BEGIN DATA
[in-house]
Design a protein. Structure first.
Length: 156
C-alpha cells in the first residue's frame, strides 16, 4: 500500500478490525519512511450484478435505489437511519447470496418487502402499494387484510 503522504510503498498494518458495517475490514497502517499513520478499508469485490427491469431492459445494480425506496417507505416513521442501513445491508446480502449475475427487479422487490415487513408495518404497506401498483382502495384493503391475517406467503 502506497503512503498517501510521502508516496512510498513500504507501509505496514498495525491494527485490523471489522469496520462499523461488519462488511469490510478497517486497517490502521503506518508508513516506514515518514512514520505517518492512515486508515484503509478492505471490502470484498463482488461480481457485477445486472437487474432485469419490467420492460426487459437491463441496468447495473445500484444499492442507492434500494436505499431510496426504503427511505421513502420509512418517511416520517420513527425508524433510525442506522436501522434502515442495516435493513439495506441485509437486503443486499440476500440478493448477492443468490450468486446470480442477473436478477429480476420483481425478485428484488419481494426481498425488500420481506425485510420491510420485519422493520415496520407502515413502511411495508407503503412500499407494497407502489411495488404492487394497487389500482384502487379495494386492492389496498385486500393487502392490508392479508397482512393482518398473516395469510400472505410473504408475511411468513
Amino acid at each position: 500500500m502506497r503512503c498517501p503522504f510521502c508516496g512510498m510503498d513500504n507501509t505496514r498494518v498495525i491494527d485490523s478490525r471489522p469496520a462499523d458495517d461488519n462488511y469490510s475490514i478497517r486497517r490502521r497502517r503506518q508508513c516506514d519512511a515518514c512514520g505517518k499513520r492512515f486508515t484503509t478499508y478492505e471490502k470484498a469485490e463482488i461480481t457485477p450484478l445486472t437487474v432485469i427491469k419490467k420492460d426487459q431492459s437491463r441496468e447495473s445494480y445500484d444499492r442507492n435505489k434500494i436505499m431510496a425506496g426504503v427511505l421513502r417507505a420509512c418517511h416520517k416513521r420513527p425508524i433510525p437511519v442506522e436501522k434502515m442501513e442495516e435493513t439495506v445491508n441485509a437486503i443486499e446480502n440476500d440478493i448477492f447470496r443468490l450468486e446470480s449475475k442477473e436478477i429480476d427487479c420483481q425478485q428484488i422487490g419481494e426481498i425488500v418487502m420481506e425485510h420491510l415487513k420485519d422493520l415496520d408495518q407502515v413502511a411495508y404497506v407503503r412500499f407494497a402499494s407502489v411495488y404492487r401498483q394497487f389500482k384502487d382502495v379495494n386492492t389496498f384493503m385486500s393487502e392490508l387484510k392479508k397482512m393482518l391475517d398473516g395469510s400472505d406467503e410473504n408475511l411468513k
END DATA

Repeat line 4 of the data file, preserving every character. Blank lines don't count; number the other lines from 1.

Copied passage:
C-alpha cells in the first residue's frame, strides 16, 4: 500500500478490525519512511450484478435505489437511519447470496418487502402499494387484510 503522504510503498498494518458495517475490514497502517499513520478499508469485490427491469431492459445494480425506496417507505416513521442501513445491508446480502449475475427487479422487490415487513408495518404497506401498483382502495384493503391475517406467503 502506497503512503498517501510521502508516496512510498513500504507501509505496514498495525491494527485490523471489522469496520462499523461488519462488511469490510478497517486497517490502521503506518508508513516506514515518514512514520505517518492512515486508515484503509478492505471490502470484498463482488461480481457485477445486472437487474432485469419490467420492460426487459437491463441496468447495473445500484444499492442507492434500494436505499431510496426504503427511505421513502420509512418517511416520517420513527425508524433510525442506522436501522434502515442495516435493513439495506441485509437486503443486499440476500440478493448477492443468490450468486446470480442477473436478477429480476420483481425478485428484488419481494426481498425488500420481506425485510420491510420485519422493520415496520407502515413502511411495508407503503412500499407494497407502489411495488404492487394497487389500482384502487379495494386492492389496498385486500393487502392490508392479508397482512393482518398473516395469510400472505410473504408475511411468513